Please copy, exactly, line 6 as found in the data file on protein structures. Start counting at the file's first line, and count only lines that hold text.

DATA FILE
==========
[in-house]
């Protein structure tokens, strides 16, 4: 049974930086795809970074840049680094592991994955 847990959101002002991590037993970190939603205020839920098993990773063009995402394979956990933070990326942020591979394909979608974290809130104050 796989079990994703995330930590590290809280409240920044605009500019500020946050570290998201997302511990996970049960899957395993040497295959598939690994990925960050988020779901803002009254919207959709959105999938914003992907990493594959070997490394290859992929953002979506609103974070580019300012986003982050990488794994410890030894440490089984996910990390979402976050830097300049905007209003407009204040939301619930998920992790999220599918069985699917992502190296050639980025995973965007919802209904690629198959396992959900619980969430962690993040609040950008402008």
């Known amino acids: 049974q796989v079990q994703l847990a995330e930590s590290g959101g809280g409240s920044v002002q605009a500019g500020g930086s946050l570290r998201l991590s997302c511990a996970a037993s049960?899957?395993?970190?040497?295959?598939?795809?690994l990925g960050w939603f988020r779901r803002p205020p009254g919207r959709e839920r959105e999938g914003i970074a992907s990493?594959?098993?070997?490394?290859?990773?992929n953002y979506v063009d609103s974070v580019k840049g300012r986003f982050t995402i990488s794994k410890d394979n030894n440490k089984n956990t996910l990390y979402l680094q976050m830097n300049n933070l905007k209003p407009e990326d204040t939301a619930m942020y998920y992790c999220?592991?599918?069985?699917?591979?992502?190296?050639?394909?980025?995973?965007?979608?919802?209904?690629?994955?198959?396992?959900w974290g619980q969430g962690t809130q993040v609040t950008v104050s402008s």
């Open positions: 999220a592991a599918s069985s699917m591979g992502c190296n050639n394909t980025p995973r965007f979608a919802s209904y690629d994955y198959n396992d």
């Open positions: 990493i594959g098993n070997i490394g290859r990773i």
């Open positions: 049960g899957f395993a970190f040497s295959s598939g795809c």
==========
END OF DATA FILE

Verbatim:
């Open positions: 049960g899957f395993a970190f040497s295959s598939g795809c």